Wednesday, May 25, 2011

Happiness; or, what shall we pursue?

"We hold these truths to be self-evident, that all men are created equal, that they are endowed by their Creator with certain unalienable Rights, that among these are Life, Liberty and the pursuit of Happiness."

Has another phrase so shaped the psyche of our nation? As usual, though, the most difficult words are some of the most common: what is happiness? What does it mean to pursue it?

I recently listened to a podcast (Philosophy Bites) with a guest talking about happiness and how it's been seen at various times in history.

Historically, he noted, for medieval man happiness was a sort of accident--it might happen, but it wasn't the expected, normal state. Instead, salvation was where it was at, because life was lousy (for most people, most of the time). From the Renaissance through the Enlightenment, that changed, to the point where we were seen to have a "right" to "pursue" happiness, though the podcast's guest noted that in modern times, this "right" has become something more like a "duty" to the point where we need to be constantly questioning whether or not we're happy.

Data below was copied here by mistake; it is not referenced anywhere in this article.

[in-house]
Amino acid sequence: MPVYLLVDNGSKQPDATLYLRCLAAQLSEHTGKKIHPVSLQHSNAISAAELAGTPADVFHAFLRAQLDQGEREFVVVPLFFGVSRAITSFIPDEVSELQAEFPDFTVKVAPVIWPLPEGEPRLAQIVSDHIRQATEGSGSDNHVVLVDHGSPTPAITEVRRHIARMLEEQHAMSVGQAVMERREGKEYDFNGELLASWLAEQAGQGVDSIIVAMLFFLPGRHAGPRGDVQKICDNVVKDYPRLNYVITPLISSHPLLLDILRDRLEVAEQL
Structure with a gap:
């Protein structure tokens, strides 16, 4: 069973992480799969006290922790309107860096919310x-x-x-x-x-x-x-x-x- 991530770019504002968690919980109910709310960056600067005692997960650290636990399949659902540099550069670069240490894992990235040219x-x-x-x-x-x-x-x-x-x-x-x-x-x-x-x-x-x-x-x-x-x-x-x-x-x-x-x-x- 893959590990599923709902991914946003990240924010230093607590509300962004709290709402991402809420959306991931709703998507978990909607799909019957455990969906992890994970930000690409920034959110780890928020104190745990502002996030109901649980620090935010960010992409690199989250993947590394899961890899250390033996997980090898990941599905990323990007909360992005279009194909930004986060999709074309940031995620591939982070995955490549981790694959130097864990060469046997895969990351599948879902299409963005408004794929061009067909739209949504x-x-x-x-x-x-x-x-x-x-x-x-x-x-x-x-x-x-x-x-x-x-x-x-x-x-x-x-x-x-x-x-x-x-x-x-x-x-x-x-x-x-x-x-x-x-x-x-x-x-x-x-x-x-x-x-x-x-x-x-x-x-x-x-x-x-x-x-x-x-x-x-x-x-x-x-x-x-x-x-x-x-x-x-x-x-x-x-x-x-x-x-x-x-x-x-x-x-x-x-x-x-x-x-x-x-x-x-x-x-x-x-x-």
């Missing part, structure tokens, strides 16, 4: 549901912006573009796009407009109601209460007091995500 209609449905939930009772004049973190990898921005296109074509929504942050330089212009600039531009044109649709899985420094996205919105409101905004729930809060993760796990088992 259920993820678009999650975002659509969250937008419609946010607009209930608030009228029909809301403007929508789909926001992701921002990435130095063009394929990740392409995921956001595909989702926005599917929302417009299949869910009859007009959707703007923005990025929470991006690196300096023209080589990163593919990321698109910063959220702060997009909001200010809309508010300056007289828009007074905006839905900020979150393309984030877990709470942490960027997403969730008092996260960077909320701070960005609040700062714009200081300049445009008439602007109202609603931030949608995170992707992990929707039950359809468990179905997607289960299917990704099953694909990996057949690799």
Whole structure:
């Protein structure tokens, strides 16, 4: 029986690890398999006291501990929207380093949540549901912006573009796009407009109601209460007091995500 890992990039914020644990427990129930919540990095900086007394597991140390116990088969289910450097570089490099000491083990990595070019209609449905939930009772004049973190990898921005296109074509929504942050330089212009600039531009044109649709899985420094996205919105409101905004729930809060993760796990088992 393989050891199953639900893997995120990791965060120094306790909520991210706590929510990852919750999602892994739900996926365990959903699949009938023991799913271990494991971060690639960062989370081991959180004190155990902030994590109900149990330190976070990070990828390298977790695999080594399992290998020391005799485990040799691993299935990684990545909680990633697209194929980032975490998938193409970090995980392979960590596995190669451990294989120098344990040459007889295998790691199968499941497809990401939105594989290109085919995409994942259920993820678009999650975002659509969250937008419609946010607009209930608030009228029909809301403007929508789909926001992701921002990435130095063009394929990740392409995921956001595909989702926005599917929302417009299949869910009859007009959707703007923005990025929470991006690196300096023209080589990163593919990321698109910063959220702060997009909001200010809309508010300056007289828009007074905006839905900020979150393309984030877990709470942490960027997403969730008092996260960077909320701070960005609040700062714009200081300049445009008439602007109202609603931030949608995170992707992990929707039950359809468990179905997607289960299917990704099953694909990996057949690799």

We have this idea that we should be happy, so we're constantly questioning whether or not we are and, I suspect, losing what peace we might have if we appreciated what we have.

Pascal Bruckner, the interviewee on the podcast, took something of an ancient Greek perspective on the matter. For the ancient Greeks, happiness was a judgment that could only be made at the end of a life: has one lived a good life, has one achieved excellence in the things one aimed at? In other words, it was something different from momentary contentment, momentary pleasure--a good reminder of how words change their meanings and/or have ambiguity thanks to multiple meanings.

In any case, two insights he offered that I particularly liked were these: first, the idea that "happiness is being pointed in the right direction." Second, he suggests that "happiness is a secondary goal. Other feelings and goals are more important." In other words, happiness isn't something we pursue as such. We pursue other ends--"engaging in activities which both enhance life for yourself and others and which bring you a sense of meaning"--and the fact that we're doing so, that's where happiness is. We're pointed in the right direction with regards to the meaning in our lives, the goals in our lives, the values that we hold.
The preceding grew out of a comment made on a friend's blog, linked to where I quoted her in the final paragraph. Thanks, Sarah, for getting me to write about something I meant to write about.

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